By the way, I would not be too keen on pulling out the neck and giblet bag either…But it sounds like they got over it quickly ;)

    Reply
  4. A wonderful family event Tammy.

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  5. Thanks, Tammy, I just had a Thanksgiving Day with a family in my neighbouring country. Many thanks. What a patient mom you must be!

    Reply
  6. Sally Mom

     /  November 29, 2010

    I am laughing and rolling with the love and humor of your day! So proud of the boys and always amazed with your patience and skills as parents. It brings great joy to my heart and your discription was clear. I could hear it and feel it. Thanks again for another wonderful blog, close to my heart.

    Reply
  7. Awesome post and pics! So glad that you’re teaching your kids to cook! :)

    Reply
  8. Anne G

     /  November 30, 2010

    What a joyful, light-hearted and memorable way to share the meaning of Thanksgiving with your boys. Bravo!

    Reply
  9. Félicitations to the men of the house ! and to the Mom who taught them so much and so well :) Your Thanksgiving meal was prepared with love and gratitude. What a wonderful day ! (Satchmo would have sung this)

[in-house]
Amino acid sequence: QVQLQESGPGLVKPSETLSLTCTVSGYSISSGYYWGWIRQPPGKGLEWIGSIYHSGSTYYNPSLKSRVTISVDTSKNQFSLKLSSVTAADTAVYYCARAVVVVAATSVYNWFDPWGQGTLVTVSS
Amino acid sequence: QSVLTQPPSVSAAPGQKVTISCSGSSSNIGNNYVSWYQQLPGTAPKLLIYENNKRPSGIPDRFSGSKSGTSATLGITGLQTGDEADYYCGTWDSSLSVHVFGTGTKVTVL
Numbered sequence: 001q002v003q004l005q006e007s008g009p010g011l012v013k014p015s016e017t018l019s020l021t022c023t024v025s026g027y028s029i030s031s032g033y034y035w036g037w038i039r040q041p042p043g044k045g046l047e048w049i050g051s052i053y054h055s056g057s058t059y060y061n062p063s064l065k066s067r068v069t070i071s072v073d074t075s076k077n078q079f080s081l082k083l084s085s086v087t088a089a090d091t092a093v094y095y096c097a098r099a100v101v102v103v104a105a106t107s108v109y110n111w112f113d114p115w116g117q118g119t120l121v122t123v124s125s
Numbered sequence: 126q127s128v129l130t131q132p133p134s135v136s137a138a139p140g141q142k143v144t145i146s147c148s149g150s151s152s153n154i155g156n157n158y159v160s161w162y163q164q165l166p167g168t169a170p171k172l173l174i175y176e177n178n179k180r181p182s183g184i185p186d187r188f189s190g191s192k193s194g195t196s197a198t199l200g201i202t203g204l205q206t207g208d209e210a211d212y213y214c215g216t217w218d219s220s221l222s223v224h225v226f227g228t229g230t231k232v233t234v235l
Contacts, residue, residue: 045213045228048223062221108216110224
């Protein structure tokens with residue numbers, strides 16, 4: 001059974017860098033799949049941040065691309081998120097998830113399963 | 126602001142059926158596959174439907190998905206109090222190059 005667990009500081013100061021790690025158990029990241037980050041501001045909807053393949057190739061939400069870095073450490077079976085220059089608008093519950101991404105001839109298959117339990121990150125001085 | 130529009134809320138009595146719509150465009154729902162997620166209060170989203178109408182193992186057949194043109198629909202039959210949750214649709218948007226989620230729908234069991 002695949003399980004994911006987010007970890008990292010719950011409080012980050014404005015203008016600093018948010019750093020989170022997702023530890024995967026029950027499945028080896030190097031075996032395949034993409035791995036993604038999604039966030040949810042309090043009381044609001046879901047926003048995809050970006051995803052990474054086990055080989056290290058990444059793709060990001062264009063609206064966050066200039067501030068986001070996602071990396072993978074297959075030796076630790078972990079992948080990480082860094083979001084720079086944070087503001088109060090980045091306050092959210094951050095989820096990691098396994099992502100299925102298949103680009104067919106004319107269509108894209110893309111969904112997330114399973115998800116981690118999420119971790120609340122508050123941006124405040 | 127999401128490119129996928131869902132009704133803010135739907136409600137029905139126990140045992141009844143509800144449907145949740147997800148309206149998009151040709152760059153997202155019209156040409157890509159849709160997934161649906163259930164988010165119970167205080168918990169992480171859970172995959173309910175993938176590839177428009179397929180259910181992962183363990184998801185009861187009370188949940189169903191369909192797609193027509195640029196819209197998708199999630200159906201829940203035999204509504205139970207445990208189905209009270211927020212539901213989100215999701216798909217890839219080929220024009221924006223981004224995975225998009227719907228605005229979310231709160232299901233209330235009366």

Reply
  10. Sounds great! Our boys did almost all the cooking this year – while Hubs recovered and my hand was encased. I did the turkey (my recipe) but Matt did the working part of that while I supervised. We had a blast!

    Reply
  11. Thanks for taking the time to read Cindy.

    Souldipper – I’m not sure I am patient but certainly willing.

    Hi Sally – we missed you.

    Nancy – I really want them to start doing more. I’m very motivated by what I have learned from blogging.

    Anne – Thanks for stopping by!

    Isa – You’re one of the model moms who seems to have raised boys who can cook.

    Paula – Good that they know how to pinch hit when they need to. Glad you’re on the road to recovery.

    Reply
  12. Diane D'Angelo

     /  November 30, 2010

    Parsnip hummus? Hmmmmm….

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  13. Lisa H

     /  November 30, 2010

    What a fabulous day! Great pictures and wonderful memories!

    Reply
  14. George Jurata

     /  November 30, 2010

    Tammie,
    Ann and I enjoy your blog very much. Keep up the good work.

    George

    Reply
  15. I thought this was a great idea when you first mentioned it. Glad to see it turned into some wonderful memories for all.

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  16. Judy

     /  November 30, 2010

    Looks like a fun time was had by all. Still appreciative of the knives John sharpened for me 2 years ago!!!